#IA0516-01 Inactive Areas
Inactive areas of construction: Areas of construction activity that have been disturbed and are not scheduled to be re-disturbed for at least 14 days. (CGP)
Foot traffic through an area does not change the status of the area to active. This applies not only to areas that have not been used in 14 days, but for any areas not scheduled to be used for 14 days or more.
Inactive areas must be stabilized with either permanent or temporary erosion control methods. (EC-2 through EC-16)
EC-2 suggests a method that is often the most cost effective measure, to preserve existing vegetation. Preserving existing vegetation may be more common and feasible on larger sites where areas remain inactive through the beginning of construction.
Often retaining current vegetative cover for an area or even creating temporary vegetative cover for large areas of exposed soil will be more cost effective in greater spans of time than any other temporary erosion control measures.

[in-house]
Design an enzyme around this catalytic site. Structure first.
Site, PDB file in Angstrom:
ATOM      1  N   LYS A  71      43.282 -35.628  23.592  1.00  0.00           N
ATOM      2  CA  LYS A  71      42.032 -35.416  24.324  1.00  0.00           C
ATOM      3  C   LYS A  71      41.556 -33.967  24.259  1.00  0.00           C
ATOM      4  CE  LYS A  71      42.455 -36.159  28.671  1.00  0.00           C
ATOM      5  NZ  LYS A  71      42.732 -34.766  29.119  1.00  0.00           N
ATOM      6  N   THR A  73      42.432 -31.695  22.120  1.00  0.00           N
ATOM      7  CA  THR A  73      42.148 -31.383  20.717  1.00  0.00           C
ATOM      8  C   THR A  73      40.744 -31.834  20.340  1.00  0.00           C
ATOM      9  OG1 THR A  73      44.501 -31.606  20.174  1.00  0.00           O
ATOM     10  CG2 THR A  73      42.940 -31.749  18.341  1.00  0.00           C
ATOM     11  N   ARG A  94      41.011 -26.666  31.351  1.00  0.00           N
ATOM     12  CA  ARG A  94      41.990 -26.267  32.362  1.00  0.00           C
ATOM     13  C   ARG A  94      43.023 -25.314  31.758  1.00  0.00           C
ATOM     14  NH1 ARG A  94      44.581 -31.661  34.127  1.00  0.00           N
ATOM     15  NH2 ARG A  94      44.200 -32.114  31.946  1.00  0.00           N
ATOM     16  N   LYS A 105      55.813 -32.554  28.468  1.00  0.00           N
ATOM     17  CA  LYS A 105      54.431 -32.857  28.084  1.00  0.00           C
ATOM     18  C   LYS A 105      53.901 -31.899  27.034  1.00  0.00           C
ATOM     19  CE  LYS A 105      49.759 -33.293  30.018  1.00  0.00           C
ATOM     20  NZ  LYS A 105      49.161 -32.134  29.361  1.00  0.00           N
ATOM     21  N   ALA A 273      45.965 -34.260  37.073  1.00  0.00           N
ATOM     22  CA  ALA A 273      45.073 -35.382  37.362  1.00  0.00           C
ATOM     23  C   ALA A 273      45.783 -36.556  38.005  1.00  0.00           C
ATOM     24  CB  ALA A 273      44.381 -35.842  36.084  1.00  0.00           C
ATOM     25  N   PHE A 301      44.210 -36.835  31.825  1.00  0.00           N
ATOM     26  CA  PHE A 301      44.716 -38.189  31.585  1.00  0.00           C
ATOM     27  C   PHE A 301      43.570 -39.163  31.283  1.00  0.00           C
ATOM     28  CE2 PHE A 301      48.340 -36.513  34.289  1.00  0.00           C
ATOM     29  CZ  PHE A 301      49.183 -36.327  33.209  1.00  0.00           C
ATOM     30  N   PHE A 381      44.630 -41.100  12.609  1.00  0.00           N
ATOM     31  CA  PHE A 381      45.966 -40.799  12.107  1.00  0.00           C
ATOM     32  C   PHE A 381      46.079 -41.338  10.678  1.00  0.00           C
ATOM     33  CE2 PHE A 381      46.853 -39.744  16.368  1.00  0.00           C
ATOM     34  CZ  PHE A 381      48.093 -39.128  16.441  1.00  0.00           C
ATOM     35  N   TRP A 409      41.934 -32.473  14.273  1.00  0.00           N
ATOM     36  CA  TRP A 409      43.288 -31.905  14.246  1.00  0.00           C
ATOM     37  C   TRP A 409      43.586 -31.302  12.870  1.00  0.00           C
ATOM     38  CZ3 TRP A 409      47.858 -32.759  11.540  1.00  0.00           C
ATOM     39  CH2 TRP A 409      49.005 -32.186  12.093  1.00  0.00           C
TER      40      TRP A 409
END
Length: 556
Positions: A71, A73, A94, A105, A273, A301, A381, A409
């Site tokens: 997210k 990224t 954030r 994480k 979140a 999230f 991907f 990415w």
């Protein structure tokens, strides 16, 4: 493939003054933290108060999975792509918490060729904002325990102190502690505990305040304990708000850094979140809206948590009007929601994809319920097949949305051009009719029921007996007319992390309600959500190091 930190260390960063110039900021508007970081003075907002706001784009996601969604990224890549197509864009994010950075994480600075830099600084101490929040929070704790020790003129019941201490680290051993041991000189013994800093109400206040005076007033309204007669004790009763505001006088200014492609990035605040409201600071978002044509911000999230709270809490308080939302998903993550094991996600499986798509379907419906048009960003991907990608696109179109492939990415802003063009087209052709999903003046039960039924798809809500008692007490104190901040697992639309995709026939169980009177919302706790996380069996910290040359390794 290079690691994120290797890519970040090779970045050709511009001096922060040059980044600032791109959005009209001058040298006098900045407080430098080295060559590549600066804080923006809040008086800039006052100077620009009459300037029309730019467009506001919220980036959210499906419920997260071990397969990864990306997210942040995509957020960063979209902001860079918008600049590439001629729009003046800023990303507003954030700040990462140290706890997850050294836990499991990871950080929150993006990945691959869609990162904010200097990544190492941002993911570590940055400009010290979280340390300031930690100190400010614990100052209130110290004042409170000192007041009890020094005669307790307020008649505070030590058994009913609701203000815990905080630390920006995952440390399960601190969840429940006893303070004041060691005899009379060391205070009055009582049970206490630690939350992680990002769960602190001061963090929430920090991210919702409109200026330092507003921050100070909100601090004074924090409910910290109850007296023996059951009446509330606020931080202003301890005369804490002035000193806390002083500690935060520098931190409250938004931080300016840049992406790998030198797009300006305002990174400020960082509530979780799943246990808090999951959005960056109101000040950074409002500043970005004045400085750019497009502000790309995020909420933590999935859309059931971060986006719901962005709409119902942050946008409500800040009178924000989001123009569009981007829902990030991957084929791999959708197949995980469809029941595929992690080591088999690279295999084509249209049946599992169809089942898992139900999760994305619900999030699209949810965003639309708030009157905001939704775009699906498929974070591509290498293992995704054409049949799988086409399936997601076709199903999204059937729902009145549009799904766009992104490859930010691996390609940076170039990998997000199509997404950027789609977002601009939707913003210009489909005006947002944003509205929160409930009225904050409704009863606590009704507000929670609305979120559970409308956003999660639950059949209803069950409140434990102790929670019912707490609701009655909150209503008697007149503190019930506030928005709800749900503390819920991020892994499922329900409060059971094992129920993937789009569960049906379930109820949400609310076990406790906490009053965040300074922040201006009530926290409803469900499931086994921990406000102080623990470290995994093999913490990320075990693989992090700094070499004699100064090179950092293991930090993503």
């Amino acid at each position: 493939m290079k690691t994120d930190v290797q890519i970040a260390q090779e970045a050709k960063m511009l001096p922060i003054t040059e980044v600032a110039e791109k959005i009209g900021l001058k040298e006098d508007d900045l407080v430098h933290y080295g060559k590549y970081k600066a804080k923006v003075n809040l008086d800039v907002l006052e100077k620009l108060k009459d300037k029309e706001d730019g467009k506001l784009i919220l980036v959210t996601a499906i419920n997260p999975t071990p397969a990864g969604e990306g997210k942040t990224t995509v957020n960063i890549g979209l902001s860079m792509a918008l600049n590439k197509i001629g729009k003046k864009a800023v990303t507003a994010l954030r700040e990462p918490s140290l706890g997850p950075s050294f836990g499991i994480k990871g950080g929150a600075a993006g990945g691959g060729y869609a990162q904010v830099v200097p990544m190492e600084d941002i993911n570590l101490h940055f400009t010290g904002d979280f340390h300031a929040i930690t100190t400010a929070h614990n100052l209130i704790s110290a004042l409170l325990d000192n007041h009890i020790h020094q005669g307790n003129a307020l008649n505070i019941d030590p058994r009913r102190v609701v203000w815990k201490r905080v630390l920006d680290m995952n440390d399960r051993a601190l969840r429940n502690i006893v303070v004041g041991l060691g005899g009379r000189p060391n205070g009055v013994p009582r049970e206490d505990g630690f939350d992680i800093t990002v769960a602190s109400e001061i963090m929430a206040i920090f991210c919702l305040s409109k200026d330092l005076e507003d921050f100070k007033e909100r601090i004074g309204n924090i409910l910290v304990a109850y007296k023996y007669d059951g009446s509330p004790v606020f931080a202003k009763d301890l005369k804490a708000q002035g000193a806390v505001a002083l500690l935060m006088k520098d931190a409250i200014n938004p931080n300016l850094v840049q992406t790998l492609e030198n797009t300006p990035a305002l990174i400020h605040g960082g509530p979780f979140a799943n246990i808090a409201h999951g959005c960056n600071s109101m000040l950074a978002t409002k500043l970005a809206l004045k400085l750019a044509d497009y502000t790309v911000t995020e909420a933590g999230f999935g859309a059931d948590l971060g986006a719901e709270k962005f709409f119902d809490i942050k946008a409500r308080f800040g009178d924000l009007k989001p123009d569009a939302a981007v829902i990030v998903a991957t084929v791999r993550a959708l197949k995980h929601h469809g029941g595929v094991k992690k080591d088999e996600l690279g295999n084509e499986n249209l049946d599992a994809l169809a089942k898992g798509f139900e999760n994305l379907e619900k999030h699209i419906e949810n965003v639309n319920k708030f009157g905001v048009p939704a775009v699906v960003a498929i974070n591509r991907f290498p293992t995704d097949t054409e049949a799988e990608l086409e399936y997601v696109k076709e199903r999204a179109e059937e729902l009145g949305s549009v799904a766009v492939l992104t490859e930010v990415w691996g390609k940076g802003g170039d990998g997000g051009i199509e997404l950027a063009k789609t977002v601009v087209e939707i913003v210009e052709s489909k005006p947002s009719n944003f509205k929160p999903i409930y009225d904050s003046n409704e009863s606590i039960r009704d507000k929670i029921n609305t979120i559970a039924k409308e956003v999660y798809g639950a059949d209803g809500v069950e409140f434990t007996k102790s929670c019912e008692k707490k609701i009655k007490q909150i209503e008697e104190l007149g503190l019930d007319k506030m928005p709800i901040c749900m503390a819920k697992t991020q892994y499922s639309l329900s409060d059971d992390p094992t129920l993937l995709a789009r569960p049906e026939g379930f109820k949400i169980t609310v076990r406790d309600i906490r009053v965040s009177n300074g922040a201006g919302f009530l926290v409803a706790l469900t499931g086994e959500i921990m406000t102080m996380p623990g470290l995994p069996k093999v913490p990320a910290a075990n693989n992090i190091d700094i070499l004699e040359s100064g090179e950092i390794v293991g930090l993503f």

The most common inactive areas on many construction sites are slopes around the perimeter of the site. These slopes should be stabilized since they are the most likely areas for erosion to occur and sediment to travel off site. In addition to normal linear sediment controls, (fiber rolls or straw waddles) if a slope is designated to be inactive for 14 days, implementing erosion controls such as: hydraulic mulching, hydro-seeding, soil binders, straw mulch, geotextiles and mats, or wood mulching may be required.